In the popular press of the 1880s and 1890s, "dude" was a new word for "dandy" – an extremely well-dressed male, a man who paid particular importance to how he appeared. The café society and Bright Young Things of the late 1800s and early 1900s were populated with dudes. Young men of leisure vied to show off their wardrobes. The best known of this type is probably Evander Berry Wall, who was dubbed "King of the Dudes" in 1880s New York and maintained a reputation for sartorial splendor all his life. This version of the word is still in occasional use in American slang, as in the phrase "all duded up" for getting dressed in fancy clothes.
A variation of this was a well-dressed man who is unfamiliar with life outside a large city. In The Home and Farm Manual (1883), author Jonathan Periam used the term "dude" several times to denote an ill-bred and ignorant, but ostentatious, man from the city.
The implication of an individual who is unfamiliar with the demands of life outside of urban settings gave rise to the definition of dude as a city slicker, or "an Easterner in the West." Thus "dude" was used to describe the wealthy men of the rustic western expansion of the United States during the 19th century by German settlers of the American Old East. This use is reflected in the dude ranch, a guest ranch catering to urbanites seeking more rural experiences. Dude ranches began to appear in the American West in the early 20th century, for wealthy Easterners who came to experience the "cowboy life." The implicit contrast is with those persons accustomed to a given frontier, agricultural, mining, or other rural setting. This usage was still in use in the 1950s in America, as a word for a tourist – of either gender – who attempts to dress like the local culture but fails.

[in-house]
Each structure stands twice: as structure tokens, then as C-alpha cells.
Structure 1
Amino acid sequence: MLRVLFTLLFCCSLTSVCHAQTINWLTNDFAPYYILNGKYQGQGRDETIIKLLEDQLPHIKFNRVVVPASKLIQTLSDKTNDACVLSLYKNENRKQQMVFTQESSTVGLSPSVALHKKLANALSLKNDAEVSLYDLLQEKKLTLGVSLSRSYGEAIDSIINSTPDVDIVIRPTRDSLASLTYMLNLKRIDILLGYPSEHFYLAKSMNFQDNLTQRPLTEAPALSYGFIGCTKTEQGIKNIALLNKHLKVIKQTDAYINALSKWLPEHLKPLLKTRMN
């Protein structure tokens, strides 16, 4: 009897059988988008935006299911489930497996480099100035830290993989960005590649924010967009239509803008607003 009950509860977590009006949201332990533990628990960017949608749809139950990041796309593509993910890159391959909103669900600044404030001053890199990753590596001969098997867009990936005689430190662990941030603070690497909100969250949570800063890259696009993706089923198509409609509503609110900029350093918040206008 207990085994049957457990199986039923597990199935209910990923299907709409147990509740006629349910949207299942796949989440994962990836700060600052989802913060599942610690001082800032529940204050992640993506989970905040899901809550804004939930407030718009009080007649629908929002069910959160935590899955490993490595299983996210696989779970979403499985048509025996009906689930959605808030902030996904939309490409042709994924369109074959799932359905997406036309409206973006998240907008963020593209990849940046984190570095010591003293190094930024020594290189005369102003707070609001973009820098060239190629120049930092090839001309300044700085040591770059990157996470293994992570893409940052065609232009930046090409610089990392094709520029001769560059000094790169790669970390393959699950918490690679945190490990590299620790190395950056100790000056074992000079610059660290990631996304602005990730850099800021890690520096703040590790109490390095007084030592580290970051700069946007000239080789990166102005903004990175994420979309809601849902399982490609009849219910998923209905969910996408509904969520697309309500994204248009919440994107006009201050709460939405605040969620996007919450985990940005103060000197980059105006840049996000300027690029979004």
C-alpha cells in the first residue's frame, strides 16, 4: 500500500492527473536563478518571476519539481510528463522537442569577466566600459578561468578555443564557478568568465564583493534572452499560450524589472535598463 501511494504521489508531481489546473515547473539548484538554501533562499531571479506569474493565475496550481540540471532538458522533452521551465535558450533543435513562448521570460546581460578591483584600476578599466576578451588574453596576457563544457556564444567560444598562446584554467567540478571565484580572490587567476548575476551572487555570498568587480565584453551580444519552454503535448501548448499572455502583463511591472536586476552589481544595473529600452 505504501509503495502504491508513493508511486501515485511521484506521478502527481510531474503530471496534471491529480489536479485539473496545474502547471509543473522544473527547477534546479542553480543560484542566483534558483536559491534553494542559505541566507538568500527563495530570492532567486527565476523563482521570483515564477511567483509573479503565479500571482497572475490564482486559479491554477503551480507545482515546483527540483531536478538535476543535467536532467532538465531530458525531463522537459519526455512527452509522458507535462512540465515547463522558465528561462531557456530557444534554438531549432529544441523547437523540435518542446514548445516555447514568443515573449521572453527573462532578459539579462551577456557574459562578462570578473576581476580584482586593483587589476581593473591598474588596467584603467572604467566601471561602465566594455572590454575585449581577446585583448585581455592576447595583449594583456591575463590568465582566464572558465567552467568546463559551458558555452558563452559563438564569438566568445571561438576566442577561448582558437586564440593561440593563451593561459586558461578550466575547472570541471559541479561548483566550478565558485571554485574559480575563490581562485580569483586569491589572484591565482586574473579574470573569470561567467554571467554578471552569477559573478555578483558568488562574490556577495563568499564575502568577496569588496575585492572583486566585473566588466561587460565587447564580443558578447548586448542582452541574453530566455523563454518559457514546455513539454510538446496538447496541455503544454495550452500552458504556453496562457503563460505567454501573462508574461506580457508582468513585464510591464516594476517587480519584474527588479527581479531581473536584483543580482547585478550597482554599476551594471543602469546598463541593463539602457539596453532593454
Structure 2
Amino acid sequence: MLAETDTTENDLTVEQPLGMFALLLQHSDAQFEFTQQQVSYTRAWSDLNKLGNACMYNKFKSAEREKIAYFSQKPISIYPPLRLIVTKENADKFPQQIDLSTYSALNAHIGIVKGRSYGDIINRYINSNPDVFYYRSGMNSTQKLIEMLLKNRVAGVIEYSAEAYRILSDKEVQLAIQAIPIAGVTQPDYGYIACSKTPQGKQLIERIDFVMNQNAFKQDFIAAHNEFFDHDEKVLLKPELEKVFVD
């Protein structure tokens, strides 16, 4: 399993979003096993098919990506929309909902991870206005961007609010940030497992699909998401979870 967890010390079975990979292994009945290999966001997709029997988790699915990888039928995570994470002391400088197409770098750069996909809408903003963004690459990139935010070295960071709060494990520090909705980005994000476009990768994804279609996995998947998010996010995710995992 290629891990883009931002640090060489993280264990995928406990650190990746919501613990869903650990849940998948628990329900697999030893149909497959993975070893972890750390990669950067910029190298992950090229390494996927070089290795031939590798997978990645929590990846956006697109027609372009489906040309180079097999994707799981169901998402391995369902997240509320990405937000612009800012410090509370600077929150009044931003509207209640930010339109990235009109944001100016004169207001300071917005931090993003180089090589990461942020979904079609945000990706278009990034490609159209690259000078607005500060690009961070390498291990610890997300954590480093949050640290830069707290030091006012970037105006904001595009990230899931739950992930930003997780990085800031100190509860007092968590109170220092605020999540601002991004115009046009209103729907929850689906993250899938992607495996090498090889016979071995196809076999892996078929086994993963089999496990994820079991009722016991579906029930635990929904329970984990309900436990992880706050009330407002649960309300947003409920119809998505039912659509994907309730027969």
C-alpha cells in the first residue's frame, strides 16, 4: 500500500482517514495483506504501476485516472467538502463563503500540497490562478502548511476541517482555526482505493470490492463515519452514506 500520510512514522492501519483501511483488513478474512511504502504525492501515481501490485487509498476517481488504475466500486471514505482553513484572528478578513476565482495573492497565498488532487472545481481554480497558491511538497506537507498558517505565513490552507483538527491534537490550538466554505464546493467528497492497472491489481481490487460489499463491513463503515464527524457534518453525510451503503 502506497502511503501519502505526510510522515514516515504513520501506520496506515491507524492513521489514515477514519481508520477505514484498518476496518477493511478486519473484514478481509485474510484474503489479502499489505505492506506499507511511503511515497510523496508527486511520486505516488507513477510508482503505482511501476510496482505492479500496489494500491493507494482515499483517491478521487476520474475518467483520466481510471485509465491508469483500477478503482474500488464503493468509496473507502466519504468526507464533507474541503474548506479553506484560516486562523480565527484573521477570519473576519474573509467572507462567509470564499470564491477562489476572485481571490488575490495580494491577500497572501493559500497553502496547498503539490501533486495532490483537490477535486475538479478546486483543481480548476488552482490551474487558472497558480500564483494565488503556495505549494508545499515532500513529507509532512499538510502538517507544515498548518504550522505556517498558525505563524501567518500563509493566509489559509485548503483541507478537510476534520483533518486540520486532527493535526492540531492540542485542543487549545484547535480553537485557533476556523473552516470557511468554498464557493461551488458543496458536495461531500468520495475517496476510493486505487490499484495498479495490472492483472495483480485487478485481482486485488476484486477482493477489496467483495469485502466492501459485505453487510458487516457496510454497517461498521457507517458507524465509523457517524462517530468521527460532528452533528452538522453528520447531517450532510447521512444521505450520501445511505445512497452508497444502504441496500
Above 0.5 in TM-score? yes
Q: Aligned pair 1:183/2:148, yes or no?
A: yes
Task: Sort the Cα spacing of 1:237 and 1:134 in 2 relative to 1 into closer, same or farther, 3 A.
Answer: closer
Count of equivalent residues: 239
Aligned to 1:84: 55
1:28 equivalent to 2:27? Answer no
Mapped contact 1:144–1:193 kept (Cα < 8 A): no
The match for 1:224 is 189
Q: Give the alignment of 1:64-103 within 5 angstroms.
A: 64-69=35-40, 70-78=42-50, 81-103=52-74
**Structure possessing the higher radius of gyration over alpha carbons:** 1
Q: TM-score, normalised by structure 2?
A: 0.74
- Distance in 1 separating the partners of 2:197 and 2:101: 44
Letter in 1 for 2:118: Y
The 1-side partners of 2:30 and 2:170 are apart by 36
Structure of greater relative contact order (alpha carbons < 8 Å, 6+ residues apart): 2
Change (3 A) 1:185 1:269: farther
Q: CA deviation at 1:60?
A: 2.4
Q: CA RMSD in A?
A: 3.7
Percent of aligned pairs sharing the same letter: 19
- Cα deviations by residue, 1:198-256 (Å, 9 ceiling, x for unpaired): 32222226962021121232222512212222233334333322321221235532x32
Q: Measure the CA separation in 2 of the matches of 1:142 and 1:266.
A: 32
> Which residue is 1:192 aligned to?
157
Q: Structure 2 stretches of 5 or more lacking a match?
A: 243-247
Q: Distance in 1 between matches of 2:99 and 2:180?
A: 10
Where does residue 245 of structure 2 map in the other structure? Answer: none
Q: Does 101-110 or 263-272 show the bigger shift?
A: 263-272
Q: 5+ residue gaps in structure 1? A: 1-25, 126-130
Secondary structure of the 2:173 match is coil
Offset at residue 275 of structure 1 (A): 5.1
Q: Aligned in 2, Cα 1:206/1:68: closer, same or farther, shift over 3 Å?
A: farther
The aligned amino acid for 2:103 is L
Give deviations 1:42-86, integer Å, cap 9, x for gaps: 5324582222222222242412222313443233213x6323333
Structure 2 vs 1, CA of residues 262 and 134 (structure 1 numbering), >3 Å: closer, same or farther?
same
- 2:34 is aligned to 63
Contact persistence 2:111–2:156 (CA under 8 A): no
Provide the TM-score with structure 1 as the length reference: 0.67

The term was also used as a job description, such as "bush hook dude" as a position on a railroad in the 1880s. For an example, see the Stampede Tunnel.
In the early 1960s, dude became prominent in surfer culture as a synonym of "guy" or "fella". The female equivalent, which is used less often, is "dudette" or "dudess", although dude is also used as a unisex term. This more general meaning of dude started creeping into the mainstream in the mid-1970s. Dude is generally used informally to address someone (“Dude, I’m glad you finally called”) or refer to another person (“That dude is stealing my car”). Some usages in mainly American pop culture have contributed to the spread of this use; for example, see the 2000 comedy film Dude, Where's My Car? and the examples in the next section.
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